Adventures in Eating: Pâté Petite Princess
Why the versatile pâté has never really caught on in the U.S. is a bit of a mystery to me. It comes in so many variations, differing from province to province, and even from village to village. Perhaps it is because the recipes for these tasty concoctions were usually carried by the memory of village housewives or handed down from mother to daughter.
Fortunately, recipes are now available, and are authentic. It is a perfect way to introduce a dinner for two or more, and when accompanied by a salad, French bread and cornichon pickles, makes a luncheon fit for the most discriminating guests. If you wish your pâté to be an extra fancy affair, making one “en croute” (in a crust); gives it an elegant posture.
Pâtés have particularly enjoyed a place of honor in the tradition of the ‘good stuff’ one has with wine.
The pâté recipe to follow is from Burgundy where Paul and I spent a few days tasting wines and pâtés from Dijon to Lyons.
For the bread crumbs my suggestion, is to take the center part of a loaf of French bread, break it up, and lightly toast it in a moderate oven (watch carefully to not burn it). I do not favor the commercial bread crumbs in pâtés.
PATE PETITE PRINCESS
1 1/4 pounds veal; coarsely ground
1 1/2 pounds ground beef
1 1/4 pounds fatty shoulder of pork; coarsely ground
1 medium yellow onion; finely chopped
2 large eggs
1 cup bread crumbs
4 teaspoons salt
2 teaspoons pepper
6 tablespoons brandy (1/2 cup)
1 thin slice back fat, large enough to line and top the loaf pan or terrine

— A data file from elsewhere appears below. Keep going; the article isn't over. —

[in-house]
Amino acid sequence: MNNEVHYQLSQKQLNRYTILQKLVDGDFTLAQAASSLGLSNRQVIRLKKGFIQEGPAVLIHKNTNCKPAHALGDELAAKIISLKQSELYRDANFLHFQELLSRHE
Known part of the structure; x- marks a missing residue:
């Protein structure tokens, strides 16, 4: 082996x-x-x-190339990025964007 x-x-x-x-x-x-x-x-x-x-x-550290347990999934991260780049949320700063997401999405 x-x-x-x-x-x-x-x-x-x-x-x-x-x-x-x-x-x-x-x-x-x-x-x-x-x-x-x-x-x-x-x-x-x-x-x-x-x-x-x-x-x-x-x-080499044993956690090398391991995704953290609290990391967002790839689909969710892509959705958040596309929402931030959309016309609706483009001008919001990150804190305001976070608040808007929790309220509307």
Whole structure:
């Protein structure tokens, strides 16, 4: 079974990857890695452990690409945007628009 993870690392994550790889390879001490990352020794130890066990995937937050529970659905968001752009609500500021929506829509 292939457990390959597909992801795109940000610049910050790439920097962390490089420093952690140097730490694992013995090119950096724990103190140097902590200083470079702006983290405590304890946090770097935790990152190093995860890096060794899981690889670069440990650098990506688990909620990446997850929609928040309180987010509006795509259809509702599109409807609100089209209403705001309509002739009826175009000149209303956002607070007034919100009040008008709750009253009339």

1 laurel or bay leaf
Cooking time: 1 hr. 45 minutes at 350 degrees in two 8 1/2 x 4 1/2 x 2 1/2 loaf pans. Serves 30 as an appetizer.
Have the butcher grind the various meats or do it yourself with a food processor. Chop the onion and garlic and put everything into a bowl. Add the eggs, bread crumbs, most of the salt and pepper, and brandy, and mix thoroughly. Line your pans or terrines with the thinly sliced back fat and spoon in the pâté mixture, pressing down to compact. Sprinkle the remaining salt and pepper on top and decorate with the laurel leaf. Place two strips of back fat crosswise on top of each pâté (or one large one). Cover with the lids or aluminum foil (make knife hole in foil for steam). Bake in hot water in preheated 350 degrees oven for 1 3/4 hrs. Remove from oven, weigh down with a plate and a large can (20 oz.) of food until cool. Clean off fat, and refrigerate for at least 24 hours before serving, or wrap tightly and freeze after it cools.
A glass of red or rosé wine with a pâtés is a perfect marriage and a must.
P.S. Good mustards and cornichons are not to be forgotten!
- Domestic Selection: Fume Blanc, 1990. Haywood
- This Matter of California Wine Labels
- Adventures in Eating: The Best Wontons in the World
- Import Selection: Riesling, 1989. Roemische Weinstrasse
- Domestic Selection: Mourvedre, 1988. Francal
- This Matter of Table Wines
- Adventures in Eating: Minestrone Soup
- Import Selection: Cabernet Sauvignon, 1989. Villa Montes
- Domestic Selection: Chardonnay, 1989. Plume Ridge
- This Matter of Vintage Charts